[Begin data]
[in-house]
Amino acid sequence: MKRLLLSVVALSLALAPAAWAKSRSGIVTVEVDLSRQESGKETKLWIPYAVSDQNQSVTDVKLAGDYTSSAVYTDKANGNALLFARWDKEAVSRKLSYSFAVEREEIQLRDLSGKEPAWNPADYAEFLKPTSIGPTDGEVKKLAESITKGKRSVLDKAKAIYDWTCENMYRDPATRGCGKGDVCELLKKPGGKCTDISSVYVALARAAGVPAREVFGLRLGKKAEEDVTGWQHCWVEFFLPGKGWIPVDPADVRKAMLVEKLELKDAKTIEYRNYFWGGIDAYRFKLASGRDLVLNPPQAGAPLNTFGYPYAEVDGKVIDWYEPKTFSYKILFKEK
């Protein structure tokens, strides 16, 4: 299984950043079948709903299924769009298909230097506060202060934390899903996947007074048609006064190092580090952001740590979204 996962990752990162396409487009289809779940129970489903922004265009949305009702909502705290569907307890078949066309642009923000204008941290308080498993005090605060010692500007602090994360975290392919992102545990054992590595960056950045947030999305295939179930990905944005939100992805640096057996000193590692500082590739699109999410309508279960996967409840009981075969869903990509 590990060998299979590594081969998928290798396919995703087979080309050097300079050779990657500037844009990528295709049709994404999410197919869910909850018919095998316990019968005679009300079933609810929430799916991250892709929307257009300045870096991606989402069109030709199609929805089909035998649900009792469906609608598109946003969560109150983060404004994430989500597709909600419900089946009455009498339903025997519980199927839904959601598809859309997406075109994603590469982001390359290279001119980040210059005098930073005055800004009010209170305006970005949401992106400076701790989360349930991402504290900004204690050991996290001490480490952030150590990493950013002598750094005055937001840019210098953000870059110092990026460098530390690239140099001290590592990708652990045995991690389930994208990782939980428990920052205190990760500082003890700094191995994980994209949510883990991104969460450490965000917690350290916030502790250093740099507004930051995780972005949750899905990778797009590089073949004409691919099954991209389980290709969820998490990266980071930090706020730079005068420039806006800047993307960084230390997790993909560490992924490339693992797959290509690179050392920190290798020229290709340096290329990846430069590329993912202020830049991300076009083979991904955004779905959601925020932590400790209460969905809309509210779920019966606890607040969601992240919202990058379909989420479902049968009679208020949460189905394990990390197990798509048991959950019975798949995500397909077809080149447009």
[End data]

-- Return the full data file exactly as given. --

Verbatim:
[in-house]
Amino acid sequence: MKRLLLSVVALSLALAPAAWAKSRSGIVTVEVDLSRQESGKETKLWIPYAVSDQNQSVTDVKLAGDYTSSAVYTDKANGNALLFARWDKEAVSRKLSYSFAVEREEIQLRDLSGKEPAWNPADYAEFLKPTSIGPTDGEVKKLAESITKGKRSVLDKAKAIYDWTCENMYRDPATRGCGKGDVCELLKKPGGKCTDISSVYVALARAAGVPAREVFGLRLGKKAEEDVTGWQHCWVEFFLPGKGWIPVDPADVRKAMLVEKLELKDAKTIEYRNYFWGGIDAYRFKLASGRDLVLNPPQAGAPLNTFGYPYAEVDGKVIDWYEPKTFSYKILFKEK
């Protein structure tokens, strides 16, 4: 299984950043079948709903299924769009298909230097506060202060934390899903996947007074048609006064190092580090952001740590979204 996962990752990162396409487009289809779940129970489903922004265009949305009702909502705290569907307890078949066309642009923000204008941290308080498993005090605060010692500007602090994360975290392919992102545990054992590595960056950045947030999305295939179930990905944005939100992805640096057996000193590692500082590739699109999410309508279960996967409840009981075969869903990509 590990060998299979590594081969998928290798396919995703087979080309050097300079050779990657500037844009990528295709049709994404999410197919869910909850018919095998316990019968005679009300079933609810929430799916991250892709929307257009300045870096991606989402069109030709199609929805089909035998649900009792469906609608598109946003969560109150983060404004994430989500597709909600419900089946009455009498339903025997519980199927839904959601598809859309997406075109994603590469982001390359290279001119980040210059005098930073005055800004009010209170305006970005949401992106400076701790989360349930991402504290900004204690050991996290001490480490952030150590990493950013002598750094005055937001840019210098953000870059110092990026460098530390690239140099001290590592990708652990045995991690389930994208990782939980428990920052205190990760500082003890700094191995994980994209949510883990991104969460450490965000917690350290916030502790250093740099507004930051995780972005949750899905990778797009590089073949004409691919099954991209389980290709969820998490990266980071930090706020730079005068420039806006800047993307960084230390997790993909560490992924490339693992797959290509690179050392920190290798020229290709340096290329990846430069590329993912202020830049991300076009083979991904955004779905959601925020932590400790209460969905809309509210779920019966606890607040969601992240919202990058379909989420479902049968009679208020949460189905394990990390197990798509048991959950019975798949995500397909077809080149447009």